Video search is finally giving way to video discovery and curation. The latest evidence of the trend is the launch of Griddeo, a new site created by video search specialist ClipBlast that is designed to help organize channels of videos.
ClipBlast, which was launched in 2007, had operated over the past few years as a video search engine. But times have changed, and no one really needs a video-specific search engine to find the content they want to watch anymore. Today, the number one video search engine is Google, (s GOOG) followed by YouTube. (Check out this piece from 2008 — “Whatever Happened to Video Search” — and see if you can spot the companies that are still around.)
ClipBlast has decided to tackle the problem of video discovery and curation, using all the data it has collected from video search and applying it to its new project, Griddeo. Griddeo is designed to let users find and create their own channels of videos, which can then be watched in a continuous stream.
Once a user has logged in with Facebook, Griddeo uses information from their likes and interests on the social network to suggest channels that they might be interested in. (For me, for example, it automatically added the GigaOM channel to my list.) Users can also choose from a list of featured or suggested channels, which include TV shows, movies and musicians, but also extends to celebrities and brands. And finally, they can create custom channels from videos that they’ve found on the network and share those playlists with their friends.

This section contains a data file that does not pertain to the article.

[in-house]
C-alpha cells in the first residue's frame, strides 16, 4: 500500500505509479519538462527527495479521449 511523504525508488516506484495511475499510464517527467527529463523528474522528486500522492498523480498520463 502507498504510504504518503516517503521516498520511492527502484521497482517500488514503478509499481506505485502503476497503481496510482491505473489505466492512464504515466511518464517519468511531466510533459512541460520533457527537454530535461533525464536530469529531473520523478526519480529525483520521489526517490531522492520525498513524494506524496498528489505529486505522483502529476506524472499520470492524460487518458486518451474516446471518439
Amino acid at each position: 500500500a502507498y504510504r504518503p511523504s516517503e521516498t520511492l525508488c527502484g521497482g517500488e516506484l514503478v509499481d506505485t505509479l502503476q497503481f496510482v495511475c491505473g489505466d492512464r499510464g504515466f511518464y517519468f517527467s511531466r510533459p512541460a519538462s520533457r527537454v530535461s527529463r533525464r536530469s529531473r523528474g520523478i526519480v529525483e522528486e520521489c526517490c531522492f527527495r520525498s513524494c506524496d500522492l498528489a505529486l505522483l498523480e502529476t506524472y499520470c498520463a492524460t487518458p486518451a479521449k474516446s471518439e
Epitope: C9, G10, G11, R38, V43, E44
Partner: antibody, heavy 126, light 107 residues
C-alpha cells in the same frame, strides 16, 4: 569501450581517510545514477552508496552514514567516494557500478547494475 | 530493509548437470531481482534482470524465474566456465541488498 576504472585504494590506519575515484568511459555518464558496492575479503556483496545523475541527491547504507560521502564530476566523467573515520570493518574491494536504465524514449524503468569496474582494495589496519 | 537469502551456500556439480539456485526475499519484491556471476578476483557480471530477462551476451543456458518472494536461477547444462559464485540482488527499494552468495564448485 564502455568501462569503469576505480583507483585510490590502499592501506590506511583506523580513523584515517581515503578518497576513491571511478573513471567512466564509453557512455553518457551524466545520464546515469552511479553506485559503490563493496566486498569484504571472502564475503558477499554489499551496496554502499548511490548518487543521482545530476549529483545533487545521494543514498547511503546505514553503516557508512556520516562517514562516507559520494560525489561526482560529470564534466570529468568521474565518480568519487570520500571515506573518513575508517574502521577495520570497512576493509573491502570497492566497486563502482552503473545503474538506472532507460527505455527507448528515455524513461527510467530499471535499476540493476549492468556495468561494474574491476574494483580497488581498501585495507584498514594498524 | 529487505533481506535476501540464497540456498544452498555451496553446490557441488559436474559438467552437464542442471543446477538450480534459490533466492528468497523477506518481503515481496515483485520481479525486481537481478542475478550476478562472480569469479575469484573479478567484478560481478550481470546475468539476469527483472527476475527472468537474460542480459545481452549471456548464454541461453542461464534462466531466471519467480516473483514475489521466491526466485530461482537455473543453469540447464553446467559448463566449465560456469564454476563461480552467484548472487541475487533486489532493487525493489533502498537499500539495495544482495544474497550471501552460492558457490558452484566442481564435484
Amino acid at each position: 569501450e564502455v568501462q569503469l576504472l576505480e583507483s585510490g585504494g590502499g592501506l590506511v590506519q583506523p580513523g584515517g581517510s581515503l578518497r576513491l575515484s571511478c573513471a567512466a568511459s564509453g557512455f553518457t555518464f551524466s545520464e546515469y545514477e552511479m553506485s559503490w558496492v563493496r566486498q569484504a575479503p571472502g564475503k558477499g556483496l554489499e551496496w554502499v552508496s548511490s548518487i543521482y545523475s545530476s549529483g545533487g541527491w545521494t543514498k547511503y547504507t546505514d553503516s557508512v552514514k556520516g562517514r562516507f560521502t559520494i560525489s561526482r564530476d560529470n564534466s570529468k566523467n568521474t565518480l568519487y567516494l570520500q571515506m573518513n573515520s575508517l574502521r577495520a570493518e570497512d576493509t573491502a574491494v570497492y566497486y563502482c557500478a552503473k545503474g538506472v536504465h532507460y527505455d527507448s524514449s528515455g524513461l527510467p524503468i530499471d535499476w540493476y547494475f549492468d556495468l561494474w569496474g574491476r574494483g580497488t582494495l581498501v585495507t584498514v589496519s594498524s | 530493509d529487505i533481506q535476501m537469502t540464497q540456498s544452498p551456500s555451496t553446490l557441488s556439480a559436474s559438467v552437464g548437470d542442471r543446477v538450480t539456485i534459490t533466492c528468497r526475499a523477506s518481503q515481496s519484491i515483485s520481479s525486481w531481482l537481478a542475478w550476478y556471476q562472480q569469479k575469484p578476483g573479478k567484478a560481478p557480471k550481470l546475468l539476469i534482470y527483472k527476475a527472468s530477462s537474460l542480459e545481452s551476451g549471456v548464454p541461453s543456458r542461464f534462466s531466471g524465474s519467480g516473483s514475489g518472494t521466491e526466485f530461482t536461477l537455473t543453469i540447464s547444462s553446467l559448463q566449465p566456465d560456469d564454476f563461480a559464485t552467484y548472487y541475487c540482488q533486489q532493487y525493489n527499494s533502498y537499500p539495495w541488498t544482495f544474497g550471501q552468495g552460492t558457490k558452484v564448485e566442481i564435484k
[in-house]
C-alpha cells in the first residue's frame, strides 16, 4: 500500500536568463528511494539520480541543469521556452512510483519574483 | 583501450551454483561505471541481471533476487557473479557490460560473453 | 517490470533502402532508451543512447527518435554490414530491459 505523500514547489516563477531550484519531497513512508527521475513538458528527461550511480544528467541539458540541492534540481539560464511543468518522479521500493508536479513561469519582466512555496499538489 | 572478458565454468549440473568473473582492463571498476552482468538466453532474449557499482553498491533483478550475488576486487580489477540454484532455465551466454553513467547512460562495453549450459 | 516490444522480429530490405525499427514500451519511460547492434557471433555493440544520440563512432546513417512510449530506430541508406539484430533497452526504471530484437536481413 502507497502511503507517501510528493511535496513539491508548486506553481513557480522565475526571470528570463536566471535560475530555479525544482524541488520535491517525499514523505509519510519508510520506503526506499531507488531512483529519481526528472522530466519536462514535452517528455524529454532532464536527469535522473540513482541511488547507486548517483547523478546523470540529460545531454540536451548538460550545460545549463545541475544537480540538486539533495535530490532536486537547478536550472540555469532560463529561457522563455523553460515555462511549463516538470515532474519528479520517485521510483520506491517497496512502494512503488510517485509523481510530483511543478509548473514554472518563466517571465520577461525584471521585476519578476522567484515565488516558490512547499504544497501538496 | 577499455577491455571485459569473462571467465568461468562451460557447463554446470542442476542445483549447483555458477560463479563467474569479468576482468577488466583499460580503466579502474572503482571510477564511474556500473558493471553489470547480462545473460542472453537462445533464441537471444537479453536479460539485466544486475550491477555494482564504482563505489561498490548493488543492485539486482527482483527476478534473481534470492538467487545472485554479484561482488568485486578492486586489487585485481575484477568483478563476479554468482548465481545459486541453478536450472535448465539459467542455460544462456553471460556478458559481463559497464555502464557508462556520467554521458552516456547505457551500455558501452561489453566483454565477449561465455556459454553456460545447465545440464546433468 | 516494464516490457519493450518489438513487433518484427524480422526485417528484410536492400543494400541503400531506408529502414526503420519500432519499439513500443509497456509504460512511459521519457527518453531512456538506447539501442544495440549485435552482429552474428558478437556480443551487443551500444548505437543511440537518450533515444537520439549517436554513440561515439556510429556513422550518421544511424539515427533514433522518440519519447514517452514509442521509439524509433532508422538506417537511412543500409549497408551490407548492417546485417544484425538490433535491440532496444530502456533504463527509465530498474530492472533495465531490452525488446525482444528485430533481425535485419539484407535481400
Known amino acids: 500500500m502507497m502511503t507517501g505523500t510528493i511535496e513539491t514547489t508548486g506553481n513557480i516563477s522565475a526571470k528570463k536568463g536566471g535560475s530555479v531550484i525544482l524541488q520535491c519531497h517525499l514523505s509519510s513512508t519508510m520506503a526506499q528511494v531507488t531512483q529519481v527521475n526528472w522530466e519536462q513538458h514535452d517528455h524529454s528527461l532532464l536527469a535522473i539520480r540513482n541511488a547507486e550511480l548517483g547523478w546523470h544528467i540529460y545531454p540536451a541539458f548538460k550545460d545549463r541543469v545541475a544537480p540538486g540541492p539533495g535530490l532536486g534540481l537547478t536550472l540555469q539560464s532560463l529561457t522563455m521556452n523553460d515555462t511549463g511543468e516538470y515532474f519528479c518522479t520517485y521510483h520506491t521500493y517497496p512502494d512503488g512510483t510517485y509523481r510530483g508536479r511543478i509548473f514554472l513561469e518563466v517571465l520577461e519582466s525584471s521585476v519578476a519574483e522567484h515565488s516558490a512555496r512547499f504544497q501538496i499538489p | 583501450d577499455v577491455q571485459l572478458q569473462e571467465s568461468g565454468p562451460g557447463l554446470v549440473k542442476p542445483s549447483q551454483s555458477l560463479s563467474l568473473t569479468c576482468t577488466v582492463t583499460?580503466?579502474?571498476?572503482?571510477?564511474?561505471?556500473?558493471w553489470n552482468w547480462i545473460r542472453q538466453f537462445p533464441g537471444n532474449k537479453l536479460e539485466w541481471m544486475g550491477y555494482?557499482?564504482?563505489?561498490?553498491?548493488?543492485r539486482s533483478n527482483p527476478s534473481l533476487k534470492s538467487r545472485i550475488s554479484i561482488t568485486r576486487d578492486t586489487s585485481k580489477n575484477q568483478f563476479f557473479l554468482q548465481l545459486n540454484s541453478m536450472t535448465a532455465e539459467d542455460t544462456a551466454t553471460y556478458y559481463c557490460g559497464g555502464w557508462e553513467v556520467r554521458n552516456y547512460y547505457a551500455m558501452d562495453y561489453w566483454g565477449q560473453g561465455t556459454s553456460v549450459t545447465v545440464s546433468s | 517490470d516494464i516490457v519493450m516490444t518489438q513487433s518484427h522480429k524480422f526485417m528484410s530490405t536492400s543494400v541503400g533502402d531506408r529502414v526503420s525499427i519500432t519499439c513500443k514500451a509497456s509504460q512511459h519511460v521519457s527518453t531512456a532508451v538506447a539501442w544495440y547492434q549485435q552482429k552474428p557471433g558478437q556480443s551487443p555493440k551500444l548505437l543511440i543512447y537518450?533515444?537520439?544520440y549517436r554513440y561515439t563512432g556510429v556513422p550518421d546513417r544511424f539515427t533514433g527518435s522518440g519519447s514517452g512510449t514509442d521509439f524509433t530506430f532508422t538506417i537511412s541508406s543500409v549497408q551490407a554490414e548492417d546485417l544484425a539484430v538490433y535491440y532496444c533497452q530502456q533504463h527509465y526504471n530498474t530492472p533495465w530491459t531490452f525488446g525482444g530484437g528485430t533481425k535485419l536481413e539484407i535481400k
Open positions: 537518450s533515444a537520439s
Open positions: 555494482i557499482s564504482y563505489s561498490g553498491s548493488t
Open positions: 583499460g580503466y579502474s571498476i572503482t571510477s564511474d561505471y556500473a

When new videos from those channels are added to various sites, they will automatically be added to a user’s channel listing. So if you subscribe to Modern Family, for instance, new episodes will be available in Griddeo as soon as they appear on Hulu.
Griddeo can display videos from pretty much any online source, including YouTube, Hulu and Vimeo, (s IACI) and keeps all advertising served intact when watched on the site. That’s because it’s just embedding the original site’s player and overlaying navigation and sharing buttons on top of it.
For now, Griddeo is supported by display ads, but CEO Gary Baker told us in an interview that he sees interesting opportunities for monetization, particularly around sponsored channels for brands. And for users, Baker said there’s the possibility of incentivizing them to create and share channels with friends, the idea being that users who influence others to join in could receive rewards for doing so.
Of course, Griddeo isn’t the only startup focused on enabling users to create playlists which can be watched later — although its suggested channels do take some of the work out of finding content that might be interesting to its users. ShortForm, which we also wrote about this morning, has created a platform for curating videos and arranging them into channels, and there are bookmarking tools like Squrl, which also let users arrange curated videos into personalized channels. The key advantage Griddeo seems to have is in the ease of discovering relevant channels and adding them to one’s program guide.